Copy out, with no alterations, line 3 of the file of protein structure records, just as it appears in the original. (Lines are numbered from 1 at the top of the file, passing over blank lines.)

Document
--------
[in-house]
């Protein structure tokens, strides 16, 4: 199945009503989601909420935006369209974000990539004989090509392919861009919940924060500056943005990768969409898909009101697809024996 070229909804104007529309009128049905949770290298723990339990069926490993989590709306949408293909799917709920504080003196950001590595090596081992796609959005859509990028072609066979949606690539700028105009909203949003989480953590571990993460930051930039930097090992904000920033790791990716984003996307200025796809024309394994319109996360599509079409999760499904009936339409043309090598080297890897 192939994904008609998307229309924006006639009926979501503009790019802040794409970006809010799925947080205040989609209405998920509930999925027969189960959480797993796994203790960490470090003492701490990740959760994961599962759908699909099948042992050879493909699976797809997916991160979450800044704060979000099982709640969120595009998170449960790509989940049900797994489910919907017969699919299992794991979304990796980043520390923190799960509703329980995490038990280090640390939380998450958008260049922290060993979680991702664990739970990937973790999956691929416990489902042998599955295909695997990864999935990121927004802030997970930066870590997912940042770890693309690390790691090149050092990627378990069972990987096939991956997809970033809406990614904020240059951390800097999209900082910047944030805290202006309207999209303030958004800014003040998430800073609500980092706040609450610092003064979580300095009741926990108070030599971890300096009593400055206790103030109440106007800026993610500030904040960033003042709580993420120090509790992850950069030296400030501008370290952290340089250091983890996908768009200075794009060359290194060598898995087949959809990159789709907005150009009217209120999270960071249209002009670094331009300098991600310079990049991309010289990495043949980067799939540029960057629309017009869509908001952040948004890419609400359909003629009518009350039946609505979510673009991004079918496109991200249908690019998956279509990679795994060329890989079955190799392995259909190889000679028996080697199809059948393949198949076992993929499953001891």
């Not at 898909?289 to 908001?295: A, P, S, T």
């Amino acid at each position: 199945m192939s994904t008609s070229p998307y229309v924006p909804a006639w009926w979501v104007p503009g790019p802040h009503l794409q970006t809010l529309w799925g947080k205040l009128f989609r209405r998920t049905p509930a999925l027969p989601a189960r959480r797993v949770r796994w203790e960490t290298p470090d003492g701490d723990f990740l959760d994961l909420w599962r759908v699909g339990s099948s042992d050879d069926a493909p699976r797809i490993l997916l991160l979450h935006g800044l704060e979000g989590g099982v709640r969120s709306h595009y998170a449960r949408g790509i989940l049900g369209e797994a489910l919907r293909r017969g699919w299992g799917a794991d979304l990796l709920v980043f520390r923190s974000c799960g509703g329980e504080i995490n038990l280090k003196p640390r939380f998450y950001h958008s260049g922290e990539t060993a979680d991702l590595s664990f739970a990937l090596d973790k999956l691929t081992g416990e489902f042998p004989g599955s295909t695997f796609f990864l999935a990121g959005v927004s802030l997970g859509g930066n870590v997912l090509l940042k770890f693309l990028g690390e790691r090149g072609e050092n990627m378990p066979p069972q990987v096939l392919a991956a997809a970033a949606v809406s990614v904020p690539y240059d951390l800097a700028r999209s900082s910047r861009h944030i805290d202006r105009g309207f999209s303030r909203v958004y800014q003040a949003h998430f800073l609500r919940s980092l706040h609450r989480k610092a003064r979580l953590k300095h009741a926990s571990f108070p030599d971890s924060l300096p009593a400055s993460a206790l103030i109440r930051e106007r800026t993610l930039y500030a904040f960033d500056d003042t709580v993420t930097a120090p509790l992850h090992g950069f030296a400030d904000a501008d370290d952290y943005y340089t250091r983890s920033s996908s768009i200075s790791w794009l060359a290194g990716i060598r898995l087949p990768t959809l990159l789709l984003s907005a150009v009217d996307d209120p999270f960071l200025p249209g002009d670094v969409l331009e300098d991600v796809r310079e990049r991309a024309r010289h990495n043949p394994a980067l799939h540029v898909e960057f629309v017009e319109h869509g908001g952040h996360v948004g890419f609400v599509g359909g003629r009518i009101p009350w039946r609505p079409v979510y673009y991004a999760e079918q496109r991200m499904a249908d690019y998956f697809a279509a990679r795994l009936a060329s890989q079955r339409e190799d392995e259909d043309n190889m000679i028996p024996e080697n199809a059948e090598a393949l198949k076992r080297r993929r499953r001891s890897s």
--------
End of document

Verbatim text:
């Not at 898909?289 to 908001?295: A, P, S, T």